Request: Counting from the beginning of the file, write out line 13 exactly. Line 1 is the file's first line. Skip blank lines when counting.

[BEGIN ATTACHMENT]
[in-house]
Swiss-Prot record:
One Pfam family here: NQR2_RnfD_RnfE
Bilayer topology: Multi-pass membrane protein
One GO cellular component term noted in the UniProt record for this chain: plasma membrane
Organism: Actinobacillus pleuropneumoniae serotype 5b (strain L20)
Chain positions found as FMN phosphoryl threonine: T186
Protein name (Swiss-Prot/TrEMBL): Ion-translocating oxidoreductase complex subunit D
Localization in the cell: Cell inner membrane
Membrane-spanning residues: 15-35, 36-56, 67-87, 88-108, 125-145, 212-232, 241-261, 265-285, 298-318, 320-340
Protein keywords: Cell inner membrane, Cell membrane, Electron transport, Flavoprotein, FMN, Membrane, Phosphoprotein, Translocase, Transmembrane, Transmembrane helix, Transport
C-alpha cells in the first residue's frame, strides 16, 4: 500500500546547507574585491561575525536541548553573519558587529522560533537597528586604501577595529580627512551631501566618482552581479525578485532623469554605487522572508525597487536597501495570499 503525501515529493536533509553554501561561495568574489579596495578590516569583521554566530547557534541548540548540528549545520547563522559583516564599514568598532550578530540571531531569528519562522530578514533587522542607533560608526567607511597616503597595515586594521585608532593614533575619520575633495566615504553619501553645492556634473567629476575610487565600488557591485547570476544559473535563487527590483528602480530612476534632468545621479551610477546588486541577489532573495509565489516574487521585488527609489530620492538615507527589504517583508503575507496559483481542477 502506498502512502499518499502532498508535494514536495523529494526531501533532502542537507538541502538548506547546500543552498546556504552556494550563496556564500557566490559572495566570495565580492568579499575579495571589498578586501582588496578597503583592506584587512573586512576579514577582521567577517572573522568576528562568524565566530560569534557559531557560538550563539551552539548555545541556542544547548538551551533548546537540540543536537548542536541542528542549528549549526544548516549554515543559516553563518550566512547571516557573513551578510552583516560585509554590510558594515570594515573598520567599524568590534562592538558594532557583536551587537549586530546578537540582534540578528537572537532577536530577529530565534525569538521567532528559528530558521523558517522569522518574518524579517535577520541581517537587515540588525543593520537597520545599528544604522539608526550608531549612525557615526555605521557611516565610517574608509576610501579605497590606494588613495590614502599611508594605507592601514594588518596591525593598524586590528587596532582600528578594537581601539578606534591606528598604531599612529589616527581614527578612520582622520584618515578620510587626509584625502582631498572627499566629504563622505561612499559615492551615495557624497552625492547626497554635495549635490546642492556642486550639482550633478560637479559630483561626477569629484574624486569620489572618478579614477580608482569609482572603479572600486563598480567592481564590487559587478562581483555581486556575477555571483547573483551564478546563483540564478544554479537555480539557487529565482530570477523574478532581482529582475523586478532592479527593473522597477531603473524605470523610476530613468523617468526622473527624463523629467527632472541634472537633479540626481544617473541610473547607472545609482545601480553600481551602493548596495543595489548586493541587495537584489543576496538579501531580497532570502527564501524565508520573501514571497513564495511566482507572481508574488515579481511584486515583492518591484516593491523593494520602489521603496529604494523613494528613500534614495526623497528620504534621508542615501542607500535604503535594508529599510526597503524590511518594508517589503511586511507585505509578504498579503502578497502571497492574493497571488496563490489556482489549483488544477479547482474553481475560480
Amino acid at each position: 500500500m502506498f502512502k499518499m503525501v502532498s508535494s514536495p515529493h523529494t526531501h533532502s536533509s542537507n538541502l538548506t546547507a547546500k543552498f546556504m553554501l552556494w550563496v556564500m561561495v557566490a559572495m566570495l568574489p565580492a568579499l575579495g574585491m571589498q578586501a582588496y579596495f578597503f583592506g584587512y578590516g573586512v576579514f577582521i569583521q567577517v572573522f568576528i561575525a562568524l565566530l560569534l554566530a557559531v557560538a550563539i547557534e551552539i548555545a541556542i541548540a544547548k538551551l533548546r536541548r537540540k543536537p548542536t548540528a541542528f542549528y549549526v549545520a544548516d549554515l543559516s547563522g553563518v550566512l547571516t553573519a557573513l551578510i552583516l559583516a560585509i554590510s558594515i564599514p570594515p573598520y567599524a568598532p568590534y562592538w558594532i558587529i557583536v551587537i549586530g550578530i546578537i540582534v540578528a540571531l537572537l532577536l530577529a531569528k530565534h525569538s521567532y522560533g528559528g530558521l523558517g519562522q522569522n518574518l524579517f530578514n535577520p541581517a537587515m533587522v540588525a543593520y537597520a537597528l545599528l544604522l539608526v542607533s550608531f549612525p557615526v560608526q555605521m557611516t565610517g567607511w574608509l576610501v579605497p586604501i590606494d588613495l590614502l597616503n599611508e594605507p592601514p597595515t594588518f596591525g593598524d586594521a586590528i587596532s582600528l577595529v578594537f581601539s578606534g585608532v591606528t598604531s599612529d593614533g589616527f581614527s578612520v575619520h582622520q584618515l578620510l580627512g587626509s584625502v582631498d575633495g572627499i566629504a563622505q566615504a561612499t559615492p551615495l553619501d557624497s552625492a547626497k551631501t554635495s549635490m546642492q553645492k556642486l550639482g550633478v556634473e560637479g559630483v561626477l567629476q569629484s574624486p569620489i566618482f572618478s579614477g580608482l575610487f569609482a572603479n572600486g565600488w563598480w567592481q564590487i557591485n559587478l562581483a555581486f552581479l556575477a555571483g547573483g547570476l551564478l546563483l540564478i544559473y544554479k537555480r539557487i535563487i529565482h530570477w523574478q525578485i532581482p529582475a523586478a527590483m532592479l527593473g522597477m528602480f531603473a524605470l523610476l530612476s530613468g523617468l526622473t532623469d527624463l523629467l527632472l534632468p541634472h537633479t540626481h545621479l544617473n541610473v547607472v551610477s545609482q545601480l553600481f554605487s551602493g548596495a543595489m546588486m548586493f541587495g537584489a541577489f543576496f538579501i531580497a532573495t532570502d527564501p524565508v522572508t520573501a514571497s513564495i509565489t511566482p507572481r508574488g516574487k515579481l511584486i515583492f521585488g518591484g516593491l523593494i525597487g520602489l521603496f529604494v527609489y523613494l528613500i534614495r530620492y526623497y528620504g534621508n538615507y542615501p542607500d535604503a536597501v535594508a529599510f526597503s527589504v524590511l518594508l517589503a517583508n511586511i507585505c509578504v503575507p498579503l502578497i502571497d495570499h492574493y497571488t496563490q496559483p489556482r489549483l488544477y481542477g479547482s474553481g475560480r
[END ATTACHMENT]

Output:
Amino acid at each position: 500500500m502506498f502512502k499518499m503525501v502532498s508535494s514536495p515529493h523529494t526531501h533532502s536533509s542537507n538541502l538548506t546547507a547546500k543552498f546556504m553554501l552556494w550563496v556564500m561561495v557566490a559572495m566570495l568574489p565580492a568579499l575579495g574585491m571589498q578586501a582588496y579596495f578597503f583592506g584587512y578590516g573586512v576579514f577582521i569583521q567577517v572573522f568576528i561575525a562568524l565566530l560569534l554566530a557559531v557560538a550563539i547557534e551552539i548555545a541556542i541548540a544547548k538551551l533548546r536541548r537540540k543536537p548542536t548540528a541542528f542549528y549549526v549545520a544548516d549554515l543559516s547563522g553563518v550566512l547571516t553573519a557573513l551578510i552583516l559583516a560585509i554590510s558594515i564599514p570594515p573598520y567599524a568598532p568590534y562592538w558594532i558587529i557583536v551587537i549586530g550578530i546578537i540582534v540578528a540571531l537572537l532577536l530577529a531569528k530565534h525569538s521567532y522560533g528559528g530558521l523558517g519562522q522569522n518574518l524579517f530578514n535577520p541581517a537587515m533587522v540588525a543593520y537597520a537597528l545599528l544604522l539608526v542607533s550608531f549612525p557615526v560608526q555605521m557611516t565610517g567607511w574608509l576610501v579605497p586604501i590606494d588613495l590614502l597616503n599611508e594605507p592601514p597595515t594588518f596591525g593598524d586594521a586590528i587596532s582600528l577595529v578594537f581601539s578606534g585608532v591606528t598604531s599612529d593614533g589616527f581614527s578612520v575619520h582622520q584618515l578620510l580627512g587626509s584625502v582631498d575633495g572627499i566629504a563622505q566615504a561612499t559615492p551615495l553619501d557624497s552625492a547626497k551631501t554635495s549635490m546642492q553645492k556642486l550639482g550633478v556634473e560637479g559630483v561626477l567629476q569629484s574624486p569620489i566618482f572618478s579614477g580608482l575610487f569609482a572603479n572600486g565600488w563598480w567592481q564590487i557591485n559587478l562581483a555581486f552581479l556575477a555571483g547573483g547570476l551564478l546563483l540564478i544559473y544554479k537555480r539557487i535563487i529565482h530570477w523574478q525578485i532581482p529582475a523586478a527590483m532592479l527593473g522597477m528602480f531603473a524605470l523610476l530612476s530613468g523617468l526622473t532623469d527624463l523629467l527632472l534632468p541634472h537633479t540626481h545621479l544617473n541610473v547607472v551610477s545609482q545601480l553600481f554605487s551602493g548596495a543595489m546588486m548586493f541587495g537584489a541577489f543576496f538579501i531580497a532573495t532570502d527564501p524565508v522572508t520573501a514571497s513564495i509565489t511566482p507572481r508574488g516574487k515579481l511584486i515583492f521585488g518591484g516593491l523593494i525597487g520602489l521603496f529604494v527609489y523613494l528613500i534614495r530620492y526623497y528620504g534621508n538615507y542615501p542607500d535604503a536597501v535594508a529599510f526597503s527589504v524590511l518594508l517589503a517583508n511586511i507585505c509578504v503575507p498579503l502578497i502571497d495570499h492574493y497571488t496563490q496559483p489556482r489549483l488544477y481542477g479547482s474553481g475560480r